Before I forge ahead with more of the Oklahoma Road Trip 2019, I want to pause a moment to recognize something important. In January 2023, Adventures in Cemetery Hopping will mark its 10th anniversary.
My son Sean started kindergarden in fall 2012, so I had more time on my hands. I wasn’t going back to work because I wanted to be available if he needed me or to volunteer at his school.
But it felt like it was time for something new.
In November 2012, I decided to try being a photo volunteer for FindaGrave.com. You’ve heard me talk about them before. If you are hoping to find a photo of the grave of a friend or loved one, chances are that Find a Grave has it. I learned that they needed people to volunteer to take pictures of graves.
That got my attention. I like history. I like helping people. Let’s try it!
A Tale of Two Cemeteries
I had no idea that this action would be the first step toward starting my blog and spending the next year exploring cemeteries, researching them, and sharing the stories behind the stones.
The first blog post I wrote in January 2013 was about my first official “hop” in Nebraska in January 2009, which was three years before I started doing any Find a Grave work. It was a quest to find the graves of my distant relatives in Blair, Neb.
But the next one came from a November 2012 visit I made to two cemeteries in Fulton County, Ga. They were Rogers Cemetery and Rogers-Bell Cemetery in Johns Creek. Below you can see pictures from that 2012 visit to Rogers-Bell Cemetery and a visit from April 2020. I was looking for a grave at Rogers-Bell that needed to be photographed for Find a Grave, the deceased had died in 2012.
I had no idea what I was doing when I went in search of Rogers-Bell Cemetery that day. I wound up down the road at Rogers Cemetery, which had no fancy iron gates or a nice fence amid million-dollar homes. It was bitterly cold, so after wandering around a bit, I went to Mellow Mushroom to warm up then headed home with intentions of returning the next day.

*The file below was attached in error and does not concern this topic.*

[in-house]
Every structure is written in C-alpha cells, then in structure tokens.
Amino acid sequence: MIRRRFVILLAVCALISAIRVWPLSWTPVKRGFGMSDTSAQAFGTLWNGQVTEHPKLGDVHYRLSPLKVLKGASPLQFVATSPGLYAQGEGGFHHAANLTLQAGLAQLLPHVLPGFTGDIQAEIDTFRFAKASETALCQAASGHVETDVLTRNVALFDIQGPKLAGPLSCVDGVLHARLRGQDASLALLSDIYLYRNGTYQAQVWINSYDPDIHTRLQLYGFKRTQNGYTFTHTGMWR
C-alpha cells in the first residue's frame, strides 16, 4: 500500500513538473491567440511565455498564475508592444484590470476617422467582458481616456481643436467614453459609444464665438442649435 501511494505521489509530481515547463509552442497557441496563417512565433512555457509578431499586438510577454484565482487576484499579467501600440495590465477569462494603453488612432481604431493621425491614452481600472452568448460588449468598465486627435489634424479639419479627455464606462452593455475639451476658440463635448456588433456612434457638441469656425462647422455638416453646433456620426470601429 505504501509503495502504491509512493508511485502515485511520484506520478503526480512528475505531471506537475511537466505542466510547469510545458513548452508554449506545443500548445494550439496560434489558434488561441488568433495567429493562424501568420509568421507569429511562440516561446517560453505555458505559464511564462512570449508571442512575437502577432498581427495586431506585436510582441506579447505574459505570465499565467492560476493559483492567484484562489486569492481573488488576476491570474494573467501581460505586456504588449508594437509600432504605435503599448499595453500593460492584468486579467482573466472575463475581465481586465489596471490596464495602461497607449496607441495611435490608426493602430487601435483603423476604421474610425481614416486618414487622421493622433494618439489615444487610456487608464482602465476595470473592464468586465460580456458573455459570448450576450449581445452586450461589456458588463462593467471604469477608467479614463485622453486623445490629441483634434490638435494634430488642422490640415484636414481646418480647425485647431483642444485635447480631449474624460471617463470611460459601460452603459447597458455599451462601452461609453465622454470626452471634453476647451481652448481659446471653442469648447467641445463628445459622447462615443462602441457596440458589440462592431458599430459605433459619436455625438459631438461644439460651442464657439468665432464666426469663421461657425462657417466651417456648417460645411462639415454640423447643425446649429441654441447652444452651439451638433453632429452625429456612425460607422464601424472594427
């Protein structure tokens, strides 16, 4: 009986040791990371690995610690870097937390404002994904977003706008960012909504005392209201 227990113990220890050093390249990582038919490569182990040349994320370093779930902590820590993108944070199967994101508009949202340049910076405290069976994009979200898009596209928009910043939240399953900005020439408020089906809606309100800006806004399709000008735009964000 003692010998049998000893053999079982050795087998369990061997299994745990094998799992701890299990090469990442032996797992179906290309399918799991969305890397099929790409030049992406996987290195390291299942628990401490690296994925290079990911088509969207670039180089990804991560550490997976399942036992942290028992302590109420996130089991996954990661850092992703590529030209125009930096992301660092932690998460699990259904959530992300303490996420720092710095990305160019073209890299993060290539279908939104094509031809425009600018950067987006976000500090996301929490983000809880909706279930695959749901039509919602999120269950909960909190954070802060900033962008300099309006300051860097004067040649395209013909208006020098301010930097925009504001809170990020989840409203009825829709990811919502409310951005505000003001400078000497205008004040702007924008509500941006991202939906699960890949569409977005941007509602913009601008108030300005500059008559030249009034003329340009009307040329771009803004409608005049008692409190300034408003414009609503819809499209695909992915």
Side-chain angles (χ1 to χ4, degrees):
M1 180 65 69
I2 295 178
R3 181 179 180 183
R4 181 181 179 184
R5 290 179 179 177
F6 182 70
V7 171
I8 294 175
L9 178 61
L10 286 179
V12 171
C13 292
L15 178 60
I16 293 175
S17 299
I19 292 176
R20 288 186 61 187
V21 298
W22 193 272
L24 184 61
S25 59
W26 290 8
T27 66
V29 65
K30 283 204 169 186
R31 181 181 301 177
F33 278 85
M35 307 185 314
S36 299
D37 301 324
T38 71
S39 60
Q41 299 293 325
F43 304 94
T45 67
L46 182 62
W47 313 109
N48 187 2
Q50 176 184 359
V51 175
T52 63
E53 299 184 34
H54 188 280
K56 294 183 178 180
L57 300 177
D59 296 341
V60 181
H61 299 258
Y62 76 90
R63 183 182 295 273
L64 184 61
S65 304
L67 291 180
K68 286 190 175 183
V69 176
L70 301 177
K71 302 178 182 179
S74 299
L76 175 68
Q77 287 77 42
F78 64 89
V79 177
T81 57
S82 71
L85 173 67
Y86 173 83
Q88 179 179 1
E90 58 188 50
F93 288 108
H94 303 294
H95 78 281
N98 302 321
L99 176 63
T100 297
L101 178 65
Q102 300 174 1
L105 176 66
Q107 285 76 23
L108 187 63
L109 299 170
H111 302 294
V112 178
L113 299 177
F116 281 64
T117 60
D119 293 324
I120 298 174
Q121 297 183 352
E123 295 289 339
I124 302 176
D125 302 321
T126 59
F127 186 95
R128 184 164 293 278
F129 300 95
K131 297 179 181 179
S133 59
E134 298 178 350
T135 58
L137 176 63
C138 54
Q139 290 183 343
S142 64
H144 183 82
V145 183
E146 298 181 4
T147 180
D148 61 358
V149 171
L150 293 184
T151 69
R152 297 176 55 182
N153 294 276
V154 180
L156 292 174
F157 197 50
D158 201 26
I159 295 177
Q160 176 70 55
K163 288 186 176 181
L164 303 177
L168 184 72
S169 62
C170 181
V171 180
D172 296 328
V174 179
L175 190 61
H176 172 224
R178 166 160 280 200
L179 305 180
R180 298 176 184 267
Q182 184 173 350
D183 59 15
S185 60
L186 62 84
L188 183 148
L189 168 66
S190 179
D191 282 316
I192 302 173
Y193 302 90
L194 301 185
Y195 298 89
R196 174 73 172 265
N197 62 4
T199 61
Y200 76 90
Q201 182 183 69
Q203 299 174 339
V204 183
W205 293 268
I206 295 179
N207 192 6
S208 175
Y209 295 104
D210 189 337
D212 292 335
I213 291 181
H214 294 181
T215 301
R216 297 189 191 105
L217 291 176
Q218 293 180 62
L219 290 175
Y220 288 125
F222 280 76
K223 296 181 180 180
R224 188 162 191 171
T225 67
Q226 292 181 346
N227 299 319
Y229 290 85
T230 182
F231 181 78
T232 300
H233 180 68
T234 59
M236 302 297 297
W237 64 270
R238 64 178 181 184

I found Rogers-Bell Cemetery the next day. I learned that the folks buried at Rogers Cemetery were the descendants of the slaves that had worked on the Rogers-Bell plantation down the road. There were a few former slaves at Rogers Cemetery that had continued to work there after the Civil War. I researched the families and realized there was quite a story there.
Birth of a Blog
When I started thinking of all the history that was in those two cemeteries, the wheels in my head began to turn. My background is in writing and editing. I stopped working shortly after my husband and I moved back to Atlanta after he got his law degree at Vanderbilt University in Nashville, Tenn. in 2005. While I continued to do some freelance work, I was itching to write again and not about mom life.
Not that mom life isn’t important because as someone who is living it, I know the challenges that life presents. But in 2012 (and now), there were a million “Mommy” blogs. I didn’t feel like I had much to share that hadn’t been written already. But cemeteries? There weren’t a lot of people doing that. Plus, I’d get to learn about history along the way and I’ve always enjoyed that.
But would anybody read it?
Let me be real. I’m not pulling down millions of hits every day. I still don’t. But that’s okay.
In 2012, 4,379 people visited my blog page. That number doubled in 2013. Slowly, the numbers went up. That made me happy. At least more people than my family and a few friends were reading it.
Between 2019 and 2020, the number of visits went from 33,649 to 30,566. But in 2021, they went up to 38,189. Then in 2022, they went down a little to 36,135 (as of 12/21/2022).
I’m probably never going to be a “hot blogger” whose numbers skyrocket each year. That means advertising, media campaigns, and other things I’m not willing to do. Because to me, it’s not about the numbers. It’s always been about the stories behind the stones.
Yes, I’ve made some mistakes along the way. I thought I should be writing about “funeral trends” and I did a bit of that. I wrote about BIOS urn, human composting, and alkaline hydrolysis (now called “flameless cremation’). I did enjoyed that and felt I educated some folks along the way.
But in the end, it always came back to the stories about the people buried in the cemetery I visited. Some of these folks have nobody left to visit their graves and remember them. Some lived very ordinary lives. However, their lives still are important. They made a difference. Even the little baby who died the day he was born. His mother wept tears, having carried him for nine months. She never forgot him.
I still love what I do. As I told Marisa D. of the Victorian Variety Show podcast a few weeks ago, I never know what I am going to find when I visit a cemetery. I don’t know what stories I’ll uncover from the photographs I take. It is always something new. It never gets old.
Here’s to Another 10 Years!
So until something dramatic changes to point me in another direction, I’m going to continue doing what I feel God is leading me to do. To use my writing gifts to share stories from cemeteries that I visit and put them here.
I hope you’ll continue to “hop” with me on my adventures.